They outlived the dinosaurs but these hunters are anything but elderly!
Crocodiles are often described as living fossils, but despite the fact that their body shape hasn’t changed much in the last 200 million years, they are actually some of the most sophisticated reptiles on Earth.
Like all living reptiles, they are cold blooded but that doesn’t make them sluggish. Crocodiles have a four-chambered heart and muscles that mimic our diaphragm to ensure they can quickly pump oxygen around their bodies for explosive bursts of speed.
Crocodiles are ambush predators; their preferred tactic is to lurk in the river with just their eyes and nostrils visible above the surface and burst out of the water to surprise animals that have come to the bank to drink. If their initial lunge fails, they can chase prey over land at speeds of 17km/h (10.5mph). The galloping gait of the crocodile was dismissed as a folk legend for many years, simply because hardly anyone who witnessed it lived to tell the tale.
Once a crocodile has grabbed its prey, it will drag it into the water and pull it under. Crocodiles need air to breathe but they can hold their breath for 30 minutes and drowning your prey is easier and more reliable than risking it escaping if you unclamp your jaws.
Crocodile teeth are only designed for gripping and puncturing; they have no incisors or carnassials to slice meat off a carcass. Instead they will grip a chunk of flesh with the front teeth and spin violently on their long axis to twist off a bite-sized piece. Crocodiles don’t have lips so they can’t seal their mouth shut when eating. This means they can’t swallow food underwater without drowning themselves so each torn off mouthful has to be brought to the surface and tossed into the back of the mouth.
When food is scarce, their cold-blooded metabolism allows crocodiles to go for as long as two years without eating at all. This, combined with their ability to scavenge rotting meat, was probably what allowed them to survive the event that killed the dinosaurs.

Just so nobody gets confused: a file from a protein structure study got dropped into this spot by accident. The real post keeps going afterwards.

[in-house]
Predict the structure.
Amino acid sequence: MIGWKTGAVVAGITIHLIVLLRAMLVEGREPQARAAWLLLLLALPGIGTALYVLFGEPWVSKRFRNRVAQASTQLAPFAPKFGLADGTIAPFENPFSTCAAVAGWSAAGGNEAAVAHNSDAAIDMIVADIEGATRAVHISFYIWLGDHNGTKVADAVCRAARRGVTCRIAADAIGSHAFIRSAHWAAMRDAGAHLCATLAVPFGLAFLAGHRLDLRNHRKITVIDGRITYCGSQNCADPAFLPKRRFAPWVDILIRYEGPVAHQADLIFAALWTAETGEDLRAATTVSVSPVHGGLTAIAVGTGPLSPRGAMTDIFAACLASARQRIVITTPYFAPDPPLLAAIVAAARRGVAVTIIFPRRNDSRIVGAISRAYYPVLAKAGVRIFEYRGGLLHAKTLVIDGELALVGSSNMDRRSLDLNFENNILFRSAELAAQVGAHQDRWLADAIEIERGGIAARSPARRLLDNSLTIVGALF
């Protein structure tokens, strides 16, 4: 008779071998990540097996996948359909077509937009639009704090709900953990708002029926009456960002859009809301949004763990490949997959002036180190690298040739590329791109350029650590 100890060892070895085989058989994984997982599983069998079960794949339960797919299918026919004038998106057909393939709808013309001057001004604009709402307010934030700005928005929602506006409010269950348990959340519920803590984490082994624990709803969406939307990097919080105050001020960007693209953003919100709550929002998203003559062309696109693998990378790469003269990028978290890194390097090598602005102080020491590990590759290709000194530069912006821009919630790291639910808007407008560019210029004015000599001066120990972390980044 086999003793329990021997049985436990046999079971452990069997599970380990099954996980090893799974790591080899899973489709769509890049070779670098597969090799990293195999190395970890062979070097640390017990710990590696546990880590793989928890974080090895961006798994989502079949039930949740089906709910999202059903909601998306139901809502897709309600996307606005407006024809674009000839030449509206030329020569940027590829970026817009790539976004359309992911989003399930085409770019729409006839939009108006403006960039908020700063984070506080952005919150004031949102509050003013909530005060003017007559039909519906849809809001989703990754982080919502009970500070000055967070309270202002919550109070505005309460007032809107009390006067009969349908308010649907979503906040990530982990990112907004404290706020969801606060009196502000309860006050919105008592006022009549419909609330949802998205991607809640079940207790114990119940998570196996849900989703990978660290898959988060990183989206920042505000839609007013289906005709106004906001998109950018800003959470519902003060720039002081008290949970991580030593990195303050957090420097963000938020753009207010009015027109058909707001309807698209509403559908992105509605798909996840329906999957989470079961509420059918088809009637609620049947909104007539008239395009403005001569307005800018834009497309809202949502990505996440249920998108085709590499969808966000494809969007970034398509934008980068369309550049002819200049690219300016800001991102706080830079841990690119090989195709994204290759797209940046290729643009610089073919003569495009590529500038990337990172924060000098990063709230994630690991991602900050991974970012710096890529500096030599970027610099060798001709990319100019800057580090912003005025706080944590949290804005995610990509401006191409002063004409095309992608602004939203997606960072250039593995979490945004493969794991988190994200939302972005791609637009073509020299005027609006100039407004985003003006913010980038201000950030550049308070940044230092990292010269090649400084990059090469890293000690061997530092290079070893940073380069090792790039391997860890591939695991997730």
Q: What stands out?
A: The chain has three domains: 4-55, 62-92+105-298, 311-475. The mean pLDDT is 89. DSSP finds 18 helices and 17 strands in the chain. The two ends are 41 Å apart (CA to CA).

No.2 Fact – Tongue – A crocodile can’t stick its tongue out of its mouth because it is anchored to the floor of the mouth all the way along.
No.3 Fact – Salt glands – Special glands on the top of the tongue allow crocodiles to excrete salt that builds up in their blood in saltwater environments.
No.4 Fact – Jaw muscle – The massive muscle and its placement a long way forward of the hinge provides a bite pressure almost twice that of a great white shark.
No.5 Fact – Eyes – Mounted on the top of the head to allow it to watch the bank while almost submerged. A nictitating membrane protects them underwater.
No.6 Fact – Tail muscle – Saltwater crocodiles can swim at 28km/h (17mph) for short bursts. An Olympic swimmer manages 8.6km/h (5mph).
No.7 Fact – Scales – Crocodiles can’t sweat but their scales have blood capillaries within them to let them shed heat.
No.8 Fact – Ears – Crocodiles have sharp hearing, protected by flaps that can be raised or lowered.
No.9 Fact – Stomach stones – Crocodiles swallow stones as they get older to counterbalance the weight of the head and keep them level when swimming.
No.10 Fact – Webbed toes – Crocodiles swim with their legs tucked in to reduce drag, but webbed feet allow for sudden turns and a boost in shallow water.